Time for another thought leader interview on eDiscovery Today! This time, I’m interviewing Greg Buckles of the eDJ Group and eDiscoveryJournal!
Greg Buckles is the founder and principal consultant of the eDJ Group, covering the Information Governance and eDiscovery markets! Greg’s market research and consulting practice focuses on the intersection of enterprise technology and discovery. Greg has over 30 years’ experience in roles spanning law enforcement, legal service provider, corporate legal, law firm and legal software design. This deep and diverse background combines with constant exposure to the discovery challenges of Fortune 500 and AmLaw 200 clients to provide a unique industry perspective. Greg blogs and manages the eDiscoveryJournal.com site as well as dabbling in tech startups. And he’s a long-time colleague and friend dating back to the b-discovery happy hours we used to have here in Houston!
Many of my thought leader interviews in the past have been published in print form, but Greg agreed to conduct and publish this one as a video interview!
This interview is focused on a particular theme – Greg’s analysis of the Internet Minute infographic that eDiscovery Today and LTMG published last week. In the interview, I asked him about the infographic, his analysis of it in terms of how many hours are spent creating and consuming this content per minute and how it relates to productivity and industry trends. It was a fun interview discussing trends in our industry and how the numbers play into that!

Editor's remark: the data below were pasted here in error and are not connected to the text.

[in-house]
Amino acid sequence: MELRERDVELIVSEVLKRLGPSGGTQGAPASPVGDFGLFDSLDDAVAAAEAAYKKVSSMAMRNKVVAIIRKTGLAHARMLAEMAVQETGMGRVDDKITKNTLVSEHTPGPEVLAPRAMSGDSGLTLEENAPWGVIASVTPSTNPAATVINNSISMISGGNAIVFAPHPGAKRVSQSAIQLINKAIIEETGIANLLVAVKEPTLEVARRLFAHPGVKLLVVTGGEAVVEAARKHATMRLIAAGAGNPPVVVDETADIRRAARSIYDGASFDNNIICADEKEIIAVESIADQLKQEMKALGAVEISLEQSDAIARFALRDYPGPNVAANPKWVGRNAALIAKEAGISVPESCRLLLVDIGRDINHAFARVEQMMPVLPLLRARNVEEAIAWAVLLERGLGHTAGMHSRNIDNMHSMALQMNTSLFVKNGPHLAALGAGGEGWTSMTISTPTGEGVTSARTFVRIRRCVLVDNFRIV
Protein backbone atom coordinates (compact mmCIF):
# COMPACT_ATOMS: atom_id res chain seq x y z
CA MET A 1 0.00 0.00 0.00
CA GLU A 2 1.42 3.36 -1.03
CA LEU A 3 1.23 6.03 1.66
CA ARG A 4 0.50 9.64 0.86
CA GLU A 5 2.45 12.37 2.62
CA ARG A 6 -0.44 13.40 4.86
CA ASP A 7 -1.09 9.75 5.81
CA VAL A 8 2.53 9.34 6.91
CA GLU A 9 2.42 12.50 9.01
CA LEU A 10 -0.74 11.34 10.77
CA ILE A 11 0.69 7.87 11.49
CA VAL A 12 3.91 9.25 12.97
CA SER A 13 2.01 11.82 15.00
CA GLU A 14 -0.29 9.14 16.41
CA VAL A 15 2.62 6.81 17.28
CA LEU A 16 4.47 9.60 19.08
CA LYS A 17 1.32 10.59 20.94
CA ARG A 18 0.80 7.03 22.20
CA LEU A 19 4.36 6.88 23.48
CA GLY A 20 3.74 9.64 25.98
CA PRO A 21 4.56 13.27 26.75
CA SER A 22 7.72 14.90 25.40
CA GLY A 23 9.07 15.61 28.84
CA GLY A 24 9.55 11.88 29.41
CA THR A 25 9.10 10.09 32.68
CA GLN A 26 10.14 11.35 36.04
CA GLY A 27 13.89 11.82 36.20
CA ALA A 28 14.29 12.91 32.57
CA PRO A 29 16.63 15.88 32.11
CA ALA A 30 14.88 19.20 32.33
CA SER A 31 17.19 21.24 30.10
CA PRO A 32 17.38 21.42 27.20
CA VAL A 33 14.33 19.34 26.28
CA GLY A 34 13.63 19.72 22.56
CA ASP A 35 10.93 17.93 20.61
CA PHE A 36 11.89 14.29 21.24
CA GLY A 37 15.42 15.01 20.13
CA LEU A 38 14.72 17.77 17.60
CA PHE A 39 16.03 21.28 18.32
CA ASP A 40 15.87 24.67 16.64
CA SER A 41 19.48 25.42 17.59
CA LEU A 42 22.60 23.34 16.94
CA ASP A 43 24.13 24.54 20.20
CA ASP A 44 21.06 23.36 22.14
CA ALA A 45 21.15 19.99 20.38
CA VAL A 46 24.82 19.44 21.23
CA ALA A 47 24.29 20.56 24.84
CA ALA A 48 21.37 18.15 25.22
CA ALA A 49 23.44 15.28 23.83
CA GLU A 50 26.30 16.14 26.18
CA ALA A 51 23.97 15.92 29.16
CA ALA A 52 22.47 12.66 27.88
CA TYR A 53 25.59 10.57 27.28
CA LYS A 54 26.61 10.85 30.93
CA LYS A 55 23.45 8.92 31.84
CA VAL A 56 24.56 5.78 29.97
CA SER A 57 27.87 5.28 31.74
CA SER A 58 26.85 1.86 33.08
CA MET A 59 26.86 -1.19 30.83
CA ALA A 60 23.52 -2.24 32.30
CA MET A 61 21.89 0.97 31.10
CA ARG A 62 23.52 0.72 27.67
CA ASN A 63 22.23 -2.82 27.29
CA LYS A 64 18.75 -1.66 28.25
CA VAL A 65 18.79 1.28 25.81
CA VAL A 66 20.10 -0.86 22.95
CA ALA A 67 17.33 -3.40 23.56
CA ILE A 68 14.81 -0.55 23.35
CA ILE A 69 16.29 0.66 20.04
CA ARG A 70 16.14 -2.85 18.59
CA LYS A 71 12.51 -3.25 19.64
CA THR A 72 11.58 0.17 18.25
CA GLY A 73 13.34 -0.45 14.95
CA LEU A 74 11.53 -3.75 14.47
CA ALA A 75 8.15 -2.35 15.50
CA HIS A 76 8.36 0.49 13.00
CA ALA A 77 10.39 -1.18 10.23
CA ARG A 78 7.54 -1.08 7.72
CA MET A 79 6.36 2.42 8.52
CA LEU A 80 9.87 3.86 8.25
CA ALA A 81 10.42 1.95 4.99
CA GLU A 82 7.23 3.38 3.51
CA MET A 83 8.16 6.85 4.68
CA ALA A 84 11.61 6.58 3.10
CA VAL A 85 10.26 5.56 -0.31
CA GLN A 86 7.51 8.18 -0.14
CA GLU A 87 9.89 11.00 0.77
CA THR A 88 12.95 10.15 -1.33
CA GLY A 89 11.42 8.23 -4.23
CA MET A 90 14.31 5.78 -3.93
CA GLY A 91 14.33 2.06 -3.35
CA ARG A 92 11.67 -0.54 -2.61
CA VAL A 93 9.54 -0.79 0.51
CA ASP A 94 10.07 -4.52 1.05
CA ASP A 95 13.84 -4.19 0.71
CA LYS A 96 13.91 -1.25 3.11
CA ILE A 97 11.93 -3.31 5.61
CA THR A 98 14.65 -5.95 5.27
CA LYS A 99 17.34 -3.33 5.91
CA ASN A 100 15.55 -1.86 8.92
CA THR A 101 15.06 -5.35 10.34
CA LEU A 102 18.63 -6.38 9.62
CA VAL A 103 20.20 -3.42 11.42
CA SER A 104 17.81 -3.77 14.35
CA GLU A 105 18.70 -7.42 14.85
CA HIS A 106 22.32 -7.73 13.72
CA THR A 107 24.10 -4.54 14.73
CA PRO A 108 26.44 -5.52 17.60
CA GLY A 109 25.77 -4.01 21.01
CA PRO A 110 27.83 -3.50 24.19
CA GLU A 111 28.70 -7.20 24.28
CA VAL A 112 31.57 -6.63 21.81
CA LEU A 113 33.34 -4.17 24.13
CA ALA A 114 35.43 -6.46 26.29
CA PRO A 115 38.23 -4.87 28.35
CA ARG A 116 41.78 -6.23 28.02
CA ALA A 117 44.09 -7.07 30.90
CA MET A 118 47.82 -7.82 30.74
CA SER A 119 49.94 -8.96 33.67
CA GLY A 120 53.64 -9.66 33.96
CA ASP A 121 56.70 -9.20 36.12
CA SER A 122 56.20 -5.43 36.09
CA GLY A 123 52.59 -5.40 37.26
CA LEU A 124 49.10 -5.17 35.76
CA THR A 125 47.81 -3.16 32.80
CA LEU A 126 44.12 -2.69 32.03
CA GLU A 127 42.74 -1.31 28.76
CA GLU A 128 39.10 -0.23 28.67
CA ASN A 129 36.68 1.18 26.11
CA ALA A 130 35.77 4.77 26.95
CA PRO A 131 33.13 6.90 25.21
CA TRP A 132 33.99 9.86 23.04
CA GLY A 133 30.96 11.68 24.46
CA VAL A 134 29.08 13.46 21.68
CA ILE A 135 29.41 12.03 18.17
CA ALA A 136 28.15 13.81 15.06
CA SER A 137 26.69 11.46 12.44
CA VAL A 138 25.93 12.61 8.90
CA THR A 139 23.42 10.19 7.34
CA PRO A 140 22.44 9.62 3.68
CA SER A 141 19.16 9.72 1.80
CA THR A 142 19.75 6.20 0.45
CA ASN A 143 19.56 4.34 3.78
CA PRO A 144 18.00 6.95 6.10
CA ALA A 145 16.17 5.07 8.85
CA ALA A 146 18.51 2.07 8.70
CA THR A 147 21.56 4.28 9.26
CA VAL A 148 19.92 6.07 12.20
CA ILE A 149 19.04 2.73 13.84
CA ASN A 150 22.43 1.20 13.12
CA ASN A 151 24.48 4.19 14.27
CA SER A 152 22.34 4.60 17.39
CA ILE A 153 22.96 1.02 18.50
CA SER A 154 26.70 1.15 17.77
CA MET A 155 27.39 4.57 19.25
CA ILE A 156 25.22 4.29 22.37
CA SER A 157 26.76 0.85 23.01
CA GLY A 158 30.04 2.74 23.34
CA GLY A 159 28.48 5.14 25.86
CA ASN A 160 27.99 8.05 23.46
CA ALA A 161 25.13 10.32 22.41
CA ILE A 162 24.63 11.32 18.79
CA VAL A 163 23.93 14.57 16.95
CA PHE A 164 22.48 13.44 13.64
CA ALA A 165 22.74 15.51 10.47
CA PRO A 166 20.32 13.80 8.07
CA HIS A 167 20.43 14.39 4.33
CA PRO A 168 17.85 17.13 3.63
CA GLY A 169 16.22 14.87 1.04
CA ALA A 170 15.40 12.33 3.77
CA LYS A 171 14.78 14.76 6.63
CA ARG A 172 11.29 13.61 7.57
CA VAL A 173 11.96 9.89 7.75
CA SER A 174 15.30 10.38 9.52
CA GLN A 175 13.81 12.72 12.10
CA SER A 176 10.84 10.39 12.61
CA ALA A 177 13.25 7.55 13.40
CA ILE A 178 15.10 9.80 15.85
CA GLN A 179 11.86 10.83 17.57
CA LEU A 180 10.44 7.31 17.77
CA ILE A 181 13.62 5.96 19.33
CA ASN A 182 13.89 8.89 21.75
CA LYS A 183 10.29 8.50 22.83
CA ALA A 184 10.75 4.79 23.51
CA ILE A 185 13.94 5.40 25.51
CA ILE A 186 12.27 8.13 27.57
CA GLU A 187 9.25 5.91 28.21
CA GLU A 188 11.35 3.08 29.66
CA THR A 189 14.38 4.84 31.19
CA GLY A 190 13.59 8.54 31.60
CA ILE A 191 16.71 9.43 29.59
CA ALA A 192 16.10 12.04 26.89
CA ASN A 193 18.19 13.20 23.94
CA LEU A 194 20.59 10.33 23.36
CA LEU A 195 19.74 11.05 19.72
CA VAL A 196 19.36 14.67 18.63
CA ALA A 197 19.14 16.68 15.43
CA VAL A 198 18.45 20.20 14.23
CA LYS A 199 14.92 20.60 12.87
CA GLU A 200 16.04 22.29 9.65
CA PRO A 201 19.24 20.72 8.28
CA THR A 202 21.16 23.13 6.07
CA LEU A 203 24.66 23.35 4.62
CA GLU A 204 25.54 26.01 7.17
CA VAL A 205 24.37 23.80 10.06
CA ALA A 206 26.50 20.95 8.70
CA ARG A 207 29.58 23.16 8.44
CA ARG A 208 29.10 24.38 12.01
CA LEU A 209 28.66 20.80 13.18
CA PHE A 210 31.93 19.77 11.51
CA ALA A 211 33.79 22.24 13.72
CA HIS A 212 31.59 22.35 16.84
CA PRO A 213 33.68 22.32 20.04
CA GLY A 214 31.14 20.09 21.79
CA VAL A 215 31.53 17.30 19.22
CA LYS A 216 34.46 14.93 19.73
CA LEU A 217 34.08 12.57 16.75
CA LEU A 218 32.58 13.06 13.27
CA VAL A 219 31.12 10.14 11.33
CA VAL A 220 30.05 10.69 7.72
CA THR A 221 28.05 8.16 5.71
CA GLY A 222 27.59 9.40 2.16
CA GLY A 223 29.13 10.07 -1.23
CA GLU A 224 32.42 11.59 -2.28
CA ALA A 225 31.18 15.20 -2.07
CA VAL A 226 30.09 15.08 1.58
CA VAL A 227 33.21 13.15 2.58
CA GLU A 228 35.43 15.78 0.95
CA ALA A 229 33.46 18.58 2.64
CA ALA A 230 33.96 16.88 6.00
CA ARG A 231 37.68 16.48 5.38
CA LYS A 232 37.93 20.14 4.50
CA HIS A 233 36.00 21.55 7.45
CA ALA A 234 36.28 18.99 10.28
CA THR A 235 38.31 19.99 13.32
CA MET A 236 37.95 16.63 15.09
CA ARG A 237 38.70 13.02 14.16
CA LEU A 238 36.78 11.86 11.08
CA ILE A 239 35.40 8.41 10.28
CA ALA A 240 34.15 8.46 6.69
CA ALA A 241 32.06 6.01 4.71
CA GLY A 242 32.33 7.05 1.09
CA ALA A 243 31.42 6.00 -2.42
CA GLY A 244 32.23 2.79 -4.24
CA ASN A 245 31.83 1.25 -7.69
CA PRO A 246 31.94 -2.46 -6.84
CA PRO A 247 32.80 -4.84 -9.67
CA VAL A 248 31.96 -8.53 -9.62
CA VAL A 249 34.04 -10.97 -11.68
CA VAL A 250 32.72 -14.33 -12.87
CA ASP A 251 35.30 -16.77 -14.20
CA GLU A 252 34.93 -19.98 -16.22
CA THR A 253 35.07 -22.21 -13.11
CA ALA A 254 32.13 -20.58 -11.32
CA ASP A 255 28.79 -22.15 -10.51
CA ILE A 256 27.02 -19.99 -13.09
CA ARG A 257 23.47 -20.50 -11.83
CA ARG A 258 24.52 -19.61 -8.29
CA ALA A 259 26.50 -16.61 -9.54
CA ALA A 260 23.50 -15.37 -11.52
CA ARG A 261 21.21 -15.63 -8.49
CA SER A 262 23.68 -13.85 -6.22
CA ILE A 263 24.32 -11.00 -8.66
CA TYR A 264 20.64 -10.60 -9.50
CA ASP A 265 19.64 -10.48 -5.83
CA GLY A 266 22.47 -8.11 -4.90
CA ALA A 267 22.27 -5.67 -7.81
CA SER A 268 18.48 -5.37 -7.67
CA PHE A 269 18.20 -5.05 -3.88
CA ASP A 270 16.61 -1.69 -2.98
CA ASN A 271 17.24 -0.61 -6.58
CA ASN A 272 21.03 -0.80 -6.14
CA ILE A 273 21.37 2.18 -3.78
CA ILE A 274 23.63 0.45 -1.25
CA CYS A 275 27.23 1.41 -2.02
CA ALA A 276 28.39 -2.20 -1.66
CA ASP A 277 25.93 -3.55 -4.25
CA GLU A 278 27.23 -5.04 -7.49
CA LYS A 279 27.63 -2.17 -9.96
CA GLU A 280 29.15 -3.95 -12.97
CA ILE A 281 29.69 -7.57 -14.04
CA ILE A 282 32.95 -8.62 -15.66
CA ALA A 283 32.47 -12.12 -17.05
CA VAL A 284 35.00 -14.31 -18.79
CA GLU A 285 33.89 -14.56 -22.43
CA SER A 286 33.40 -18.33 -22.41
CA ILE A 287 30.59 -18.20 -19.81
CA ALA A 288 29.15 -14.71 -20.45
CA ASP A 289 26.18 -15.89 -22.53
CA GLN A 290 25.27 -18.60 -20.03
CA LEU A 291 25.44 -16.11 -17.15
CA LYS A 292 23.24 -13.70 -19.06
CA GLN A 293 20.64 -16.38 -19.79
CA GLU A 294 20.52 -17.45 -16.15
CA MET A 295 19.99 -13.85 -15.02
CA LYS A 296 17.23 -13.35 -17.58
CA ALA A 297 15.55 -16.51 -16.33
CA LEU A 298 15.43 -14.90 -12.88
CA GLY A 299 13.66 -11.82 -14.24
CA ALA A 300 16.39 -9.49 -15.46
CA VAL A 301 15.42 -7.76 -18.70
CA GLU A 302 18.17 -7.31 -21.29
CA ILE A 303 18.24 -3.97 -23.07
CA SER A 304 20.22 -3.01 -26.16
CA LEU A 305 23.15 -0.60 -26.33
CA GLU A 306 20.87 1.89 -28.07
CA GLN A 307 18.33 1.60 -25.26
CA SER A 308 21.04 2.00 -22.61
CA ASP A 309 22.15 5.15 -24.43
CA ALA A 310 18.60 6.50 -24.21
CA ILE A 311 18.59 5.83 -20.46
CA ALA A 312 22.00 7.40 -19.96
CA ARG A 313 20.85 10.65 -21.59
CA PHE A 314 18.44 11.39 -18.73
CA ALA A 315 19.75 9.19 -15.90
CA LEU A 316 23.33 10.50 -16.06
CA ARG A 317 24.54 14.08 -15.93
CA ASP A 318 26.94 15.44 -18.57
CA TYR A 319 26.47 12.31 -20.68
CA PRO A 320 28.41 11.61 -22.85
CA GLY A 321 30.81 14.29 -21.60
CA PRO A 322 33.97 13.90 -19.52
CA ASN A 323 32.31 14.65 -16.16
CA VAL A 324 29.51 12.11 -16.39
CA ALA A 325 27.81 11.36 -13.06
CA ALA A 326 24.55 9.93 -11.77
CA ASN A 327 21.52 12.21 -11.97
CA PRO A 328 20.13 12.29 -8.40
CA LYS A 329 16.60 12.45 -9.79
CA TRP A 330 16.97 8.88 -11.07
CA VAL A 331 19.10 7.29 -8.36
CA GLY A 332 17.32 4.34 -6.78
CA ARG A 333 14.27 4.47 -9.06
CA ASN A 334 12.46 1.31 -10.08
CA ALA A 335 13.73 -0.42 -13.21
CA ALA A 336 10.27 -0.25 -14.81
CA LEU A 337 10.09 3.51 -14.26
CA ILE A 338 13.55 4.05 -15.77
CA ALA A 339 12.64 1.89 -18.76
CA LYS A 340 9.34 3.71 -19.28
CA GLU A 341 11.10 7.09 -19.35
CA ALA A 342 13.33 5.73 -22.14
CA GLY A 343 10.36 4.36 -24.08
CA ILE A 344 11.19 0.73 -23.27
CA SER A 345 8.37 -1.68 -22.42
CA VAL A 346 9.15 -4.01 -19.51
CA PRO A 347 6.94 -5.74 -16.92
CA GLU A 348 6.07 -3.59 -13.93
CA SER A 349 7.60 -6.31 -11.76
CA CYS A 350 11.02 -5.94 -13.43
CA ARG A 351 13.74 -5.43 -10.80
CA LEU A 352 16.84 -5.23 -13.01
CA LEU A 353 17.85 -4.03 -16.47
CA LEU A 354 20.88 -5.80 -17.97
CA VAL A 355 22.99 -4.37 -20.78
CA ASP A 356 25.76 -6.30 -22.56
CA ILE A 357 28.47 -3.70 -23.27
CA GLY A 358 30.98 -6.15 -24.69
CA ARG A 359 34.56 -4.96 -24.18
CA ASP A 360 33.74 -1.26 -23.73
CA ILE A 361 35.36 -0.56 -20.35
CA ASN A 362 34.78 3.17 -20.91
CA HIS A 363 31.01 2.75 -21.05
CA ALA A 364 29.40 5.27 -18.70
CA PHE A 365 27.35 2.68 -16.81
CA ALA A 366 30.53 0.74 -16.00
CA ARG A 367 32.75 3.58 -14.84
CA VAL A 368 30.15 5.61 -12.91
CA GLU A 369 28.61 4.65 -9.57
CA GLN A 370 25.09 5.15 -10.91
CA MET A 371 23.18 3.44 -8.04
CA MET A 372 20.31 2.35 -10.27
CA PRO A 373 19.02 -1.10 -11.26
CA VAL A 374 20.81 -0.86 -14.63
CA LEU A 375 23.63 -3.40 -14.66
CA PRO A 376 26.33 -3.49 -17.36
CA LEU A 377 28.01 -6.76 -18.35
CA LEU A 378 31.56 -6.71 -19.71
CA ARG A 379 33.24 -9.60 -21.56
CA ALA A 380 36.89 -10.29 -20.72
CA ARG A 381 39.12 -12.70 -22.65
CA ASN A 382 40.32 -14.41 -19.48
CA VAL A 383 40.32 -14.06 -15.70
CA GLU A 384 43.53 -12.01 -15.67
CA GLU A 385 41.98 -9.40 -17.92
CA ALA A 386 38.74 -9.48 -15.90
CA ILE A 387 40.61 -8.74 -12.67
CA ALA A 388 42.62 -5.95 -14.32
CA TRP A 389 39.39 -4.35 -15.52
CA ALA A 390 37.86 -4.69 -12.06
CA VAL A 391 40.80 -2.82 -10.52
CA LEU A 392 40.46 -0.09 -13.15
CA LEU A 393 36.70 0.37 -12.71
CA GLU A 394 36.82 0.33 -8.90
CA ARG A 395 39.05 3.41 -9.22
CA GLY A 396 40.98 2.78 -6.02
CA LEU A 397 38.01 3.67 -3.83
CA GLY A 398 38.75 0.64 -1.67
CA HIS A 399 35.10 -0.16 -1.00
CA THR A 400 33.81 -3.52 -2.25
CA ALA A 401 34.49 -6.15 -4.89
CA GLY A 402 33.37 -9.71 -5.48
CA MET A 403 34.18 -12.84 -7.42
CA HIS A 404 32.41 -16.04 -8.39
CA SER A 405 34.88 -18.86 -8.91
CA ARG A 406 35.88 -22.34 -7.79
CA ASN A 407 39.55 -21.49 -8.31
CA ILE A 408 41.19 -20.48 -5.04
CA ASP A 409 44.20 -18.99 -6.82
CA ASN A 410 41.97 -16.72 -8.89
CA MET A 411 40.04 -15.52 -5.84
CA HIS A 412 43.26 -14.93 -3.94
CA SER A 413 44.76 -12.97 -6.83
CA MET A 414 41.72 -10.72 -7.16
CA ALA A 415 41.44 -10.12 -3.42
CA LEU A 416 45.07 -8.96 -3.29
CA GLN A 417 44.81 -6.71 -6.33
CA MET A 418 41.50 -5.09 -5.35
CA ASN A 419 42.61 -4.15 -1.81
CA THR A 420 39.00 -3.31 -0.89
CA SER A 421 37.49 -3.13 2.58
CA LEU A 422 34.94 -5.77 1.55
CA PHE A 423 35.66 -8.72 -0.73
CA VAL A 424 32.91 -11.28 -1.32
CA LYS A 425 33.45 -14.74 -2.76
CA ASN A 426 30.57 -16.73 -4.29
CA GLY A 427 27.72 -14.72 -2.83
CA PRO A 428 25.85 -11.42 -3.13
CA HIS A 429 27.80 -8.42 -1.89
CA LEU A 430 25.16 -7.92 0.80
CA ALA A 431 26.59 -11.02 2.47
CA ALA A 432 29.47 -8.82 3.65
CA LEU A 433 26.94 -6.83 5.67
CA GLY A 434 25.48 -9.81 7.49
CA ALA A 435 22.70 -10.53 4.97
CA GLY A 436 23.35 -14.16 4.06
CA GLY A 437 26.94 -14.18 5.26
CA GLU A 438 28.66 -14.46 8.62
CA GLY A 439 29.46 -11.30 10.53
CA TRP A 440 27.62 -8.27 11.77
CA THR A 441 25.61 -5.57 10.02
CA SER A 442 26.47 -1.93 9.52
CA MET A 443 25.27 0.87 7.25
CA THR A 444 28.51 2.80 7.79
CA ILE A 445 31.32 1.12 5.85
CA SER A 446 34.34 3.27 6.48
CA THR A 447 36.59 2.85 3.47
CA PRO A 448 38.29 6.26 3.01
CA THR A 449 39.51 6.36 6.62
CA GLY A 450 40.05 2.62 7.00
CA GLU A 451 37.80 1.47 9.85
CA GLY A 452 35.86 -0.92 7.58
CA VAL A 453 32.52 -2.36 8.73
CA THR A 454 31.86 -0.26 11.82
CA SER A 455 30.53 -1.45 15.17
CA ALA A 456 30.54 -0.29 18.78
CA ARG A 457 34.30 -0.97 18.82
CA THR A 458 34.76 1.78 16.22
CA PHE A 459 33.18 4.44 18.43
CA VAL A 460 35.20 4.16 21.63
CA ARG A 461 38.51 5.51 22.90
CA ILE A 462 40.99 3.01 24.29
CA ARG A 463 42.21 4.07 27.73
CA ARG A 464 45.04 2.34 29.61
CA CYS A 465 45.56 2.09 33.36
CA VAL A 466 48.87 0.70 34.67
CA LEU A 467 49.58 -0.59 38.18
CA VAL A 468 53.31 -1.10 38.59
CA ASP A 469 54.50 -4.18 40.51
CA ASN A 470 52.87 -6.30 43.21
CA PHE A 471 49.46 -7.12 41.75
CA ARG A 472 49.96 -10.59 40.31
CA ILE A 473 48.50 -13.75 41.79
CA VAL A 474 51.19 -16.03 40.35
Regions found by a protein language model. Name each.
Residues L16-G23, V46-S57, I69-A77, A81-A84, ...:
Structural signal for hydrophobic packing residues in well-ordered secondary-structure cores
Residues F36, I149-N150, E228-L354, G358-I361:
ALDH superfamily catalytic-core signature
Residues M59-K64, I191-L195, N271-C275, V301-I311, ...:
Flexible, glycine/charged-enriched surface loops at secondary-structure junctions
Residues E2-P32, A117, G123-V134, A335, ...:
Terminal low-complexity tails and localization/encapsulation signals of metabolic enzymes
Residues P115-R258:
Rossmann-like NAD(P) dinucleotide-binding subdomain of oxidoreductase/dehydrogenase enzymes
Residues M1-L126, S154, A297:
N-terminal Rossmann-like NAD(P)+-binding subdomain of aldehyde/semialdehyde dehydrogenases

You can check out the interview with Greg Buckles below and also in the eDiscovery Today YouTube channel here!
So, what do you think? Are you looking for a discussion of how using these platforms can disrupt productivity? If so, check out the interview with Greg! And please share any comments you might have or if you’d like to know more about a particular topic.
Disclaimer: The views represented herein are exclusively the views of the author, and do not necessarily represent the views held by my employer, my partners or my clients. eDiscovery Today is made available solely for educational purposes to provide general information about general eDiscovery principles and not to provide specific legal advice applicable to any particular circumstance. eDiscovery Today should not be used as a substitute for competent legal advice from a lawyer you have retained and who has agreed to represent you.
Great interview, and very interesting analysis. Thanks for sharing!